What makes a restaurant a “family restaurant”? You are looking for a separate kids’ menu somewhere in the clutter of the full raft of offerings. There ought to be something for kids to do during that period when you are simply waiting for your food to be cooked (which kids don’t understand at all). In most cases you are looking for comfort food, as a lot of kids seem to be picky eaters these days. Even ethnic restaurants have wised to this fact and you will now find, for example, Mexican restaurants that serve chicken fingers and French fries. Finally, you are looking for affordability, which is to say your kids should be able to eat for under $10 each.

The Glenwood Pines Restaurant at 1213 Taughannock Blvd. (Route 89) is actually in the town of Ulysses, but is only 10 minutes from downtown Ithaca. They serve lunch and dinner. They have a kids’ menu that includes hot dog, hamburger, chicken tenders and fried shrimp with fries, as well as spaghetti (with or without meatballs) and a tossed salad.

Not only that they have paper place mats (designed by Jim Houghton) that advertise a lot of local businesses, but also includes in the ads hidden items that they kids have to find. Some of them are pretty well hidden, so the kids will perhaps need help and it should keep them occupied until the food comes.

If your kids don’t have the patience to find hidden items, then there is also an old-fashioned bowling game in the corner of the dining room. Players send balls down the alley hit the pins, which jump upward on a spring-loaded hinge. For older kids there is an actual pinball machine and some video games.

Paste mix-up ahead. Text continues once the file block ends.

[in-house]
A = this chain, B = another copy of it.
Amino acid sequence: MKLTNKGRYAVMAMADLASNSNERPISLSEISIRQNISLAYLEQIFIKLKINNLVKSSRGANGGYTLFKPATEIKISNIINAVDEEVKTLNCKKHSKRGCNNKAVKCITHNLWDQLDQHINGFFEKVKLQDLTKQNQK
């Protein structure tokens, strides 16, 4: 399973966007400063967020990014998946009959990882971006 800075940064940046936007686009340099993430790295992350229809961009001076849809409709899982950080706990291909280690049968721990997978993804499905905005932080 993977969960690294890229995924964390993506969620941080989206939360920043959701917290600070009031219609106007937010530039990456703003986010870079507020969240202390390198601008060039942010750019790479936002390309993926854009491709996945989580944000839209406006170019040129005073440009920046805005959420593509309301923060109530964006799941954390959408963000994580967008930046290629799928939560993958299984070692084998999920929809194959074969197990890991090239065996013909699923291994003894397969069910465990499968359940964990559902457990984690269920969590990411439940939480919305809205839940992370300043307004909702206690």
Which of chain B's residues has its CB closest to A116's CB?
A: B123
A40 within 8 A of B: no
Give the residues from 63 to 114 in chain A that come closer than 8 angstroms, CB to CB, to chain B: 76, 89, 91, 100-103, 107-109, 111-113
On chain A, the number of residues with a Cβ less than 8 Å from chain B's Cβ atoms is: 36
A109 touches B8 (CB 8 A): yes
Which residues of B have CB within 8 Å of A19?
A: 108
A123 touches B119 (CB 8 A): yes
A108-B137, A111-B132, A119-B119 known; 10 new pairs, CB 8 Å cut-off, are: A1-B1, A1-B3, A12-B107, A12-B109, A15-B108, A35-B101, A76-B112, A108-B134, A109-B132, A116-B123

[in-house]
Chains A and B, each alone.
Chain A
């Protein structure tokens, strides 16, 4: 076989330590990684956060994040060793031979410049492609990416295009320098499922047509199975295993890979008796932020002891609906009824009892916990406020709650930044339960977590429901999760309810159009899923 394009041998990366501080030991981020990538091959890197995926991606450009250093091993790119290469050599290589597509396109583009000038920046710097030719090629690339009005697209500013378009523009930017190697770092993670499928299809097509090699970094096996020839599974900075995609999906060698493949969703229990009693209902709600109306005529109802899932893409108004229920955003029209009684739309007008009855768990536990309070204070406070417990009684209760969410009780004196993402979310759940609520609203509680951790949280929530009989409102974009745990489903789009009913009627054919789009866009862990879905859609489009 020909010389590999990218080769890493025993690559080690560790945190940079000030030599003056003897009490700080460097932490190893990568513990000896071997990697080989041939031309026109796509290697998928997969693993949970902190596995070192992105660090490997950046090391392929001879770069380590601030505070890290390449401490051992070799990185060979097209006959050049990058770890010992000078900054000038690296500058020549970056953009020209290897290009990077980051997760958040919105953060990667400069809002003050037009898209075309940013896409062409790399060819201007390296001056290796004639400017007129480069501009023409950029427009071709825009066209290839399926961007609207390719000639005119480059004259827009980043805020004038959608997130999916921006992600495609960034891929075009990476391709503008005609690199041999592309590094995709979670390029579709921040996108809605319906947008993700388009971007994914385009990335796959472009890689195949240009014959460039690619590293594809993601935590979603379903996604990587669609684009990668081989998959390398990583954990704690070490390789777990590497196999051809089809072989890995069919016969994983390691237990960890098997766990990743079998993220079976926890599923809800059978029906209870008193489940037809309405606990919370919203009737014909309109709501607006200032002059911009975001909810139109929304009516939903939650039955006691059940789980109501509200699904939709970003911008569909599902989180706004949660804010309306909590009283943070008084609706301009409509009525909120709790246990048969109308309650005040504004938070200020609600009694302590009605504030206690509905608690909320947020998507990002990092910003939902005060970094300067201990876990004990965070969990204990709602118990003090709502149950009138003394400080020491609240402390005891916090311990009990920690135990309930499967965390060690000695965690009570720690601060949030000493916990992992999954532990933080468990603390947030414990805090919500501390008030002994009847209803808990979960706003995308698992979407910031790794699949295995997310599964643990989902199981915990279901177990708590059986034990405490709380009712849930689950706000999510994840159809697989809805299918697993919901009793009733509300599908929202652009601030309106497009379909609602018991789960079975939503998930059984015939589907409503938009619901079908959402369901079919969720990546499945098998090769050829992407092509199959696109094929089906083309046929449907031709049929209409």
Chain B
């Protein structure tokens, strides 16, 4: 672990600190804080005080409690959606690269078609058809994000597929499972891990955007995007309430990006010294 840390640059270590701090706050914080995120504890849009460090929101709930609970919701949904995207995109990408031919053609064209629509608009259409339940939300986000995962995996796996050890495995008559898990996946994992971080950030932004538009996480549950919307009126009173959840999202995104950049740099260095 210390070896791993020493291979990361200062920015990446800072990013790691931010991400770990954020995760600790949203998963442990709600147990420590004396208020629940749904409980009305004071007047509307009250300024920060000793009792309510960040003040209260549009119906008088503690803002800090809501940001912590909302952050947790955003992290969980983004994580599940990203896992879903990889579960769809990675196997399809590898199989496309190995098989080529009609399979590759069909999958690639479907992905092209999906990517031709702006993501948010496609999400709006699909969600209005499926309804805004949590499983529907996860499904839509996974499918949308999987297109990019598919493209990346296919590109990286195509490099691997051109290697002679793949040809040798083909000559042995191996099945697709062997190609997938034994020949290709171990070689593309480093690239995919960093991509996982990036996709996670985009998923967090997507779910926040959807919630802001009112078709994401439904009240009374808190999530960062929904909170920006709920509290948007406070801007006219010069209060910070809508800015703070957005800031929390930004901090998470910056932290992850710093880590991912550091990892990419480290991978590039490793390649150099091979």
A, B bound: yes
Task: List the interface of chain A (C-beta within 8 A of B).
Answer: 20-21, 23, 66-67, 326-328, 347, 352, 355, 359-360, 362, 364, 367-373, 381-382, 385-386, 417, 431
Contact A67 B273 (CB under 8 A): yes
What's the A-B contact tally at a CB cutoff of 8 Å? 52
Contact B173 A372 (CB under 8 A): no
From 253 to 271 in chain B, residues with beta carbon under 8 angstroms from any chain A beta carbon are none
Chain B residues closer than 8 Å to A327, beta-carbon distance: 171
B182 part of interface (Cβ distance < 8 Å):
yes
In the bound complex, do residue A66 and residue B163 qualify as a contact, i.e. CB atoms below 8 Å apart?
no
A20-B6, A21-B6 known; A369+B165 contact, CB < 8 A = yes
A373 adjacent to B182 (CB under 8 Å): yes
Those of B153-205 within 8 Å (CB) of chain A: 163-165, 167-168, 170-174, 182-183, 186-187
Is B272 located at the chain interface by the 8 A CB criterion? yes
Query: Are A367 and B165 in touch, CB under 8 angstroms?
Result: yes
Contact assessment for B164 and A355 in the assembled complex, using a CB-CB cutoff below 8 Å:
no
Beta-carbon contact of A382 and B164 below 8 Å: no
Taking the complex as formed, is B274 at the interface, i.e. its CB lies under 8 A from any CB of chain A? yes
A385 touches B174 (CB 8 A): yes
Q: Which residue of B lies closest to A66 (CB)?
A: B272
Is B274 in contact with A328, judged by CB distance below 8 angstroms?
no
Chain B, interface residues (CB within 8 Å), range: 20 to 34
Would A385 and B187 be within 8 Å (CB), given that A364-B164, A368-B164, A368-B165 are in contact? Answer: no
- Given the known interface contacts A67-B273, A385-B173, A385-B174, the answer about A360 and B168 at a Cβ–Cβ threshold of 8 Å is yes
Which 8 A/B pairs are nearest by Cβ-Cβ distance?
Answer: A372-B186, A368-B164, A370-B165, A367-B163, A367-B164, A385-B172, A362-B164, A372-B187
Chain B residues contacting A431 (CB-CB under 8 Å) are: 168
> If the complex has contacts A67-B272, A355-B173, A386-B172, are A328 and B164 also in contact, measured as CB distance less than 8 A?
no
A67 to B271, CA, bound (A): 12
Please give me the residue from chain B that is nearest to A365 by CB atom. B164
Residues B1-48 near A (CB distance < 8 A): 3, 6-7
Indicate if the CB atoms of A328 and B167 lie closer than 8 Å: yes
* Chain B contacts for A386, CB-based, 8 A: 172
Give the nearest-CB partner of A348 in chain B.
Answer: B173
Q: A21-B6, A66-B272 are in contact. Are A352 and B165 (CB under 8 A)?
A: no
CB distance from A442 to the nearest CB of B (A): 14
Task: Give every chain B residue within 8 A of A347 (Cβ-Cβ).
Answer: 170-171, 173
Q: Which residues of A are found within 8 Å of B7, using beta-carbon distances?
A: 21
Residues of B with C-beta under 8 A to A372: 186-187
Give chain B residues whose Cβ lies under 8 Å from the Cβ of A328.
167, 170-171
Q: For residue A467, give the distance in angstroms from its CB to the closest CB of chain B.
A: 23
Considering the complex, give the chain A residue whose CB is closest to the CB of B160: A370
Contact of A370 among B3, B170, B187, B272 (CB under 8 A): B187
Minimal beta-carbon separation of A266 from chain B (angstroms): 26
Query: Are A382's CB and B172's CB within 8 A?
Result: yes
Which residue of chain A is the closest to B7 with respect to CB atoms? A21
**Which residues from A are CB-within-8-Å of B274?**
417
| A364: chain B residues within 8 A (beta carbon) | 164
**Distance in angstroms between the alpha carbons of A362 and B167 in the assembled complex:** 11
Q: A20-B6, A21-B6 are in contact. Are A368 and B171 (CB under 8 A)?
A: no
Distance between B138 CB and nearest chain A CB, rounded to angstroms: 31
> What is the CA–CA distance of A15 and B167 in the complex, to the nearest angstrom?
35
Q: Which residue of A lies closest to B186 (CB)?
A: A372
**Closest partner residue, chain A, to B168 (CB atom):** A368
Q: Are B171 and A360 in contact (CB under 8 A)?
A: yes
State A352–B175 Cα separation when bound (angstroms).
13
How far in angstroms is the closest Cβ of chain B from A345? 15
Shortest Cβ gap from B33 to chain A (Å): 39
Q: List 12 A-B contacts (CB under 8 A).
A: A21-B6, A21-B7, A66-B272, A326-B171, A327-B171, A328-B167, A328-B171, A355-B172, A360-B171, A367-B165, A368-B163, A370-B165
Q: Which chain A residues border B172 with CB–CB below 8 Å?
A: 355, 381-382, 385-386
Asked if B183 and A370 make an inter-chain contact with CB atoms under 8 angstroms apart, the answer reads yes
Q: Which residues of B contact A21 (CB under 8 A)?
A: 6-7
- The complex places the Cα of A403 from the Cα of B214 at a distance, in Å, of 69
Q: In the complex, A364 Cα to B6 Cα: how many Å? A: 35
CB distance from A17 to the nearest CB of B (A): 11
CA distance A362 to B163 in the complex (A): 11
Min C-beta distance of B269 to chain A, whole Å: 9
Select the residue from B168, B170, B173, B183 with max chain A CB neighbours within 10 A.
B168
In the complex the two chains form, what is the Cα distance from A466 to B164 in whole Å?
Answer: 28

The Falls Restaurant at 214 East Main Street in Trumansburg is 20 minutes up Route 96 from downtown Ithaca. They serve breakfast, lunch, and dinner. The Falls’ menu doesn’t have an explicit kid’s section; they disguise under the title of “Lighter Fare” in the dinner menu. Here you will find the usual suspects found at the Glenwood, but instead of spaghetti they offer ham, corned beef, turkey, chicken, and fish sandwiches.

There is no entertainment aimed at kids, but it may be a cultural experience for urban and suburban children to be in a restaurant where everything is made of wood and everyone seems to know each other. This is small-town America, right down to the very large dessert menu that includes some delectable pies.

Back down in the city of Ithaca you have a lot to pick from, but let’s look at Hal’s Delicatessen at 215 North Aurora Street. They are open for breakfast and lunch and have sidewalk dining. Hal’s has neither a separate children’s menu nor anything to occupy children while they wait for the food (but the wait isn’t very long here). But their lunch menu is (1) inexpensive and (2) littered with comfort food items. The latter include a peanut butter and jelly sandwich, hamburger, hot dog (Hebrew National!), grilled cheese (many cheese to pick from), and a large variety of cold-cut sandwiches. The breakfast menu includes waffles and French toast, winners with most kids.

If you’ve just moved here from downstate or some coastal city, then Hal’s will provide a perhaps needed touchstone here in the wilds of upstate New York. If you and your kids need some Nova lox, a knish, or a nice pastrami on rye, Hal’s is your spot.

Viva Taqueria & Cantina, just up the street at 101 North Aurora, is, in contrast, vintage Ithaca in its look and feel. The taqueria is a California-style set-up: you get in line, order your food, and carry it out (nowhere near as quickly as a Cali taqueria though). There are picnic tables on the sidewalk during warm weather and the cantina is open for sit-down dining year round.

At the taqueria it is your basic burritos, tacos, and quesadillas, along with some salads and nachos. Nothing is explicitly for kids, but their “basic” burrito is just beans, rice and salsa, while “super basic” adds guacamole, cheese, and sour cream.

In the cantina—the sit-down area with table service—the menu is vast by comparison, bringing in enchiladas, tostadas, fajitas, and other stuff that is too hot, complicated, or unwieldy to take out. They make their own tortilla chips here and they come out warm and fresh, which is probably a welcome novelty for most kids. If you kids have only had micro-waved Mexican before, this will be a new horizon for them. §

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